Originally posted on 60 Max Power O  |  Last updated 8/2/12

Less than a week removed from being selected to win the Conference USA East Division title in football at C-USA's Media Day, the University of Central Florida has learned not only its football program, but also men's basketball, will face a one year ban on post-season play – among other sanctions –  as NCAA officials have deemed "a lack of institutional control" was displayed by administrators who knowingly supported a system of recruitment which utilized third-party entities outside the school.

The ban from post-season play for the 2012-13 academic year – along with the addition of two years to UCF's previously proposed three years probation, vacating of basketball victories, a reduction in basketball scholarships, a $50,000 fine and the limiting of football recruiting visitation days – stems from a 2011 investigation which found both UCF football and basketball programs were knowingly involved with runners for sports agents and made cash payments for recruits to agree to play for the Knights.

The initial fallout from last year's investigation not only led to the citing of former athletics director Keith Tribble and assistant football coach David Kelly for unethical conduct by the NCAA, but too forced both men's resignation.  

UCF basketball coach Donnie Jones was also handed a three-game suspension last season as a result of the findings.

Greg Sankey, associate SEC commissioner and an NCAA infractions committee member, commented on the sanctions issued to UCF Tuesday, "Part of what was troubling here is there was knowledge  of the representatives or third parties being involved in the recruiting process and [UCF officials] facilitated that."

That troubling scenario, coupled with the fact that UCF football just this past February got off two years probation after staff members were cited for placing "impermissible calls to perspective recruits" over between 2007 and 2009, led the Knights to be placed in the notorious category of "repeat offender," and, subsequently, hit with stiffer penalties for its latest transgressions, the Washington Post points out.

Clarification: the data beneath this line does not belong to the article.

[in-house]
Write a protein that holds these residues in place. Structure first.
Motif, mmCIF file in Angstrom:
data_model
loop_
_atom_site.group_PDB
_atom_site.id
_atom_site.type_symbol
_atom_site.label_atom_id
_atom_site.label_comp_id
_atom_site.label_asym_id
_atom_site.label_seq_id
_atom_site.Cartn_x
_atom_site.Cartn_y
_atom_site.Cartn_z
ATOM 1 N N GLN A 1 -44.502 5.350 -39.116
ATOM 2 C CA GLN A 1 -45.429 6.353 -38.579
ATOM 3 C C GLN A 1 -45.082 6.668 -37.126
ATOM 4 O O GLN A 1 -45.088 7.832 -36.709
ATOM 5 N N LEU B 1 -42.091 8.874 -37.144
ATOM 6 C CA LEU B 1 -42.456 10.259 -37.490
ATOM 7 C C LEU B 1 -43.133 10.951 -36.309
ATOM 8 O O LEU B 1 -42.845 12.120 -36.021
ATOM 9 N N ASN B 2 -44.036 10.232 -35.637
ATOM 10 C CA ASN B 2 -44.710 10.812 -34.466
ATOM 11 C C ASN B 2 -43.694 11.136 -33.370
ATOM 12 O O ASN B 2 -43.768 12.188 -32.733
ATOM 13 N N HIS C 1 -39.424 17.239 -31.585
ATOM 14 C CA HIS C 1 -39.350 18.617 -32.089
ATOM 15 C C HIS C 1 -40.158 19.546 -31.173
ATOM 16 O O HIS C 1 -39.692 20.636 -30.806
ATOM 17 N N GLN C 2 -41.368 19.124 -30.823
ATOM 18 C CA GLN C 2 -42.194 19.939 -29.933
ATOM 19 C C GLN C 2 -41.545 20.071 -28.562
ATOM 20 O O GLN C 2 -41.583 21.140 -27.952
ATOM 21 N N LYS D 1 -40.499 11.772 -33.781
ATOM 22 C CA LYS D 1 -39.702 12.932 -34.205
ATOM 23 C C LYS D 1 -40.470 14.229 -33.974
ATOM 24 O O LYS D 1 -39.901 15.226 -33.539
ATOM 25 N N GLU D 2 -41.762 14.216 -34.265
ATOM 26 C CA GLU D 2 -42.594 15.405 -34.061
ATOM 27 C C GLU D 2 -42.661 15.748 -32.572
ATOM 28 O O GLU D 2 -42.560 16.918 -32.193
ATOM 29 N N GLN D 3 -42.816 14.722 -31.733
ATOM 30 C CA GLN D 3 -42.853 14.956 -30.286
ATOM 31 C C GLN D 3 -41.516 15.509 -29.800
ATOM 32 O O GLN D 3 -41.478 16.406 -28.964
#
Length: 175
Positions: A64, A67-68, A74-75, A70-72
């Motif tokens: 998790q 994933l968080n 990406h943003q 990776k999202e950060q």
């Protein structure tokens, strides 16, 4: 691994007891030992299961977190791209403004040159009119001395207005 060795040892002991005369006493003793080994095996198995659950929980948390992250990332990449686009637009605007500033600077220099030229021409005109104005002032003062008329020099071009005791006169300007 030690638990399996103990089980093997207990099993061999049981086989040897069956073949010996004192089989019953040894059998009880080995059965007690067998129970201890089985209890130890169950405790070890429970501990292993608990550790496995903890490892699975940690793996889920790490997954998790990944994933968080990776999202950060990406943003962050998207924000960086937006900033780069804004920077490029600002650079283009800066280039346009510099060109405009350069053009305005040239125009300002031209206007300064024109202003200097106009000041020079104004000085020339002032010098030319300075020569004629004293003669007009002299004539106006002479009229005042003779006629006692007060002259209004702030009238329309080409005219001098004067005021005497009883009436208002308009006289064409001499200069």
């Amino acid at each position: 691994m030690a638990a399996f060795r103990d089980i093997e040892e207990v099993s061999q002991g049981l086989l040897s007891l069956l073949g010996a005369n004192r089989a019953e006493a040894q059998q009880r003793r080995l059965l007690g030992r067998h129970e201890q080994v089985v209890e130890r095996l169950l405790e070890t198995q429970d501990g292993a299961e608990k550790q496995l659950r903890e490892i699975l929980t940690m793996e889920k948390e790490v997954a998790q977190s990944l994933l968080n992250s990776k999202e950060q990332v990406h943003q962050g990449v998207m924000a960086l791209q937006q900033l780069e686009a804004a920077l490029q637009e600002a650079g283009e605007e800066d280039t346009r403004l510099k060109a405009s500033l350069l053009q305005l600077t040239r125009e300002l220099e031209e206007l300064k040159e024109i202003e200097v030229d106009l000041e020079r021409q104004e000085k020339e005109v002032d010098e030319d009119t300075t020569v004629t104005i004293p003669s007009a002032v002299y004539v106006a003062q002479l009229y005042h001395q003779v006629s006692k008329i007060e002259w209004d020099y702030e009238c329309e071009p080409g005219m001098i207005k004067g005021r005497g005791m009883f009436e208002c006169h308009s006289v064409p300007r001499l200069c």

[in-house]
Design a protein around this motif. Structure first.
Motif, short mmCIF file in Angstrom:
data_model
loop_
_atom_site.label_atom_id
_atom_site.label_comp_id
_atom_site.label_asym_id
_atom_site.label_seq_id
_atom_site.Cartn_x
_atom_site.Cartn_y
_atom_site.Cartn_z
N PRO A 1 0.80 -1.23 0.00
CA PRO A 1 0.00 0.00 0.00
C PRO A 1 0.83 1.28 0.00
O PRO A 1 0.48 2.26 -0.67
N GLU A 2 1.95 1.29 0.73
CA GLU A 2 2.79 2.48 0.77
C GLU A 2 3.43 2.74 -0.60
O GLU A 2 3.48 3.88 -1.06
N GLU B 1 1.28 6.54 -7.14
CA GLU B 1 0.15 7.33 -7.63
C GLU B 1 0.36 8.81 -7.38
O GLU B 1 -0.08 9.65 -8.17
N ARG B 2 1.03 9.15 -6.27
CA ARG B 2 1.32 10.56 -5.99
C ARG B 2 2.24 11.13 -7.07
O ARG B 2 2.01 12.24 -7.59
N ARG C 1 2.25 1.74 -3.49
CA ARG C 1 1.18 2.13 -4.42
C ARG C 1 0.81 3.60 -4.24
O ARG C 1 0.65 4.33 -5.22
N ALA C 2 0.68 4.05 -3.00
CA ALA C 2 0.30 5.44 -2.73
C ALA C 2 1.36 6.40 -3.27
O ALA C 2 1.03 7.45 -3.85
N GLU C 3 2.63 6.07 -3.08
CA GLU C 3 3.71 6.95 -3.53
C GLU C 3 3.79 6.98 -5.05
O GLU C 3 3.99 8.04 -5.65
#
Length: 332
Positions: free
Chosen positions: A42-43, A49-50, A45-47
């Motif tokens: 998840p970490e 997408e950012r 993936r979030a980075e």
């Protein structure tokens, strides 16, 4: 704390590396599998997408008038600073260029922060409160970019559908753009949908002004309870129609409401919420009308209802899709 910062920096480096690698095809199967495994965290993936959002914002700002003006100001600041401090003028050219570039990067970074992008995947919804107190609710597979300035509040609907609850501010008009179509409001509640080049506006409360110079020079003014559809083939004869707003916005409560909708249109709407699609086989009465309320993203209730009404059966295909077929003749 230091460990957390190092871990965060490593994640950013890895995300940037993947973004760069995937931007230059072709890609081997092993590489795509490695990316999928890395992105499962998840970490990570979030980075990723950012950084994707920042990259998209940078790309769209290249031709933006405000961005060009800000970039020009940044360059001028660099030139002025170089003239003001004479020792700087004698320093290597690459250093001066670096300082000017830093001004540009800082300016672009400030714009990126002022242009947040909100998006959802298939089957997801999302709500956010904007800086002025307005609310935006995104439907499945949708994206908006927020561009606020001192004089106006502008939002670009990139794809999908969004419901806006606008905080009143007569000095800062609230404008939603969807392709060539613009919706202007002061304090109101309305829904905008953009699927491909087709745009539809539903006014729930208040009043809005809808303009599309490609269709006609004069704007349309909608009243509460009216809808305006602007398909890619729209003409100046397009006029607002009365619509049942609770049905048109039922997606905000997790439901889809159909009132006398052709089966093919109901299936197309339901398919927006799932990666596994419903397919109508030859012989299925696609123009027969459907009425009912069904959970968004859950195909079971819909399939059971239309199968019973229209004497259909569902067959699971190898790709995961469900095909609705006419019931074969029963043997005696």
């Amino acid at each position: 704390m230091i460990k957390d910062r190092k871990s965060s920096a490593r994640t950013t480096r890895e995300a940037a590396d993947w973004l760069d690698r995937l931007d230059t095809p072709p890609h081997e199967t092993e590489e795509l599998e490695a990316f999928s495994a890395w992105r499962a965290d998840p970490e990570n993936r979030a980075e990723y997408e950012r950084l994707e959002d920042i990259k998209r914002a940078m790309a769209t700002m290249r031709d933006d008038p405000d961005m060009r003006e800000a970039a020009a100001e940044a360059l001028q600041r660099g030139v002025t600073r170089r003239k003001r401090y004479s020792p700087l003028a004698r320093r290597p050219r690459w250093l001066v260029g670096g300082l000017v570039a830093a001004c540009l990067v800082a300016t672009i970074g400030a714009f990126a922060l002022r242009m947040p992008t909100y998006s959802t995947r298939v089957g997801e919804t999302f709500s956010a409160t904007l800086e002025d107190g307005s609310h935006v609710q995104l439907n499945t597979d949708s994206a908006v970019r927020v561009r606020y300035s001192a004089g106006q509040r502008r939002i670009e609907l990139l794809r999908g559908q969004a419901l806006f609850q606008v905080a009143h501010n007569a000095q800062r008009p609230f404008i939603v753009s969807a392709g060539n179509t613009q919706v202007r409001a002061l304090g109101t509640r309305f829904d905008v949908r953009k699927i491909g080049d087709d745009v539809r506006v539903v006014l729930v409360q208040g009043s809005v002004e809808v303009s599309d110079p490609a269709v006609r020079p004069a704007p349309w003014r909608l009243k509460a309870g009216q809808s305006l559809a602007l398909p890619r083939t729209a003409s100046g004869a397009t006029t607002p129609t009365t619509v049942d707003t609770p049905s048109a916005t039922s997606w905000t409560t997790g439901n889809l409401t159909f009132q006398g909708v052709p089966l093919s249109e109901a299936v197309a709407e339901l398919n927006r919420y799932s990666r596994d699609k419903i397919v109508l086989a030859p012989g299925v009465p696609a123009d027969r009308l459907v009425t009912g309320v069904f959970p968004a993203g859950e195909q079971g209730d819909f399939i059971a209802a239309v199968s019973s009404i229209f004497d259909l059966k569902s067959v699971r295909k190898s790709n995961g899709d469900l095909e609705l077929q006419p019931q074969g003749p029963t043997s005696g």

The timing of today's announcement regarding sanctions comes as the Knights prepare for its final year in C-USA prior to becoming one of several new additions to the Big East Conference in 2013.

Interesting enough, in a move echoing that by NCAA officials in the case of sanctions against Penn State University, a stipulation has been issued providing players whose eligibility comes to an end this coming season and who won't have the opportunity to play in the post-season   this academic year to immediately transfer to another school without penalty.

UCF president John Hitt responded to the NCAA's announcements regarding sanctions by saying while he "generally accepts" the punishments meted out to the Knights' football and basketball programs, he doesn't feel "the violations outlined in the NCAA bylaws justify the sanctions."

Given the timing of sanctions, however, Hitt admits he is not surprised by the severity of penalties issued by collegiate athletics' governing body.

"I think most students of the NCAA and intercollegiate athletics have been forecasting that penalties would get stronger [in wake of the Penn State scandal] and become greater in  months ahead," Hitt commented. "I think we're seeing that [now].

Hitt also told reporters the university is already in the process of compiling a "well-grounded appeal" regarding the NCAA's ruling – a document UCF has 15 days to file.

The whole of the NCAA's release regarding the sanctions handed down to UCF Tuesday morning can be read here.

 

Be sure to check out other great articles at Sports Media 101.

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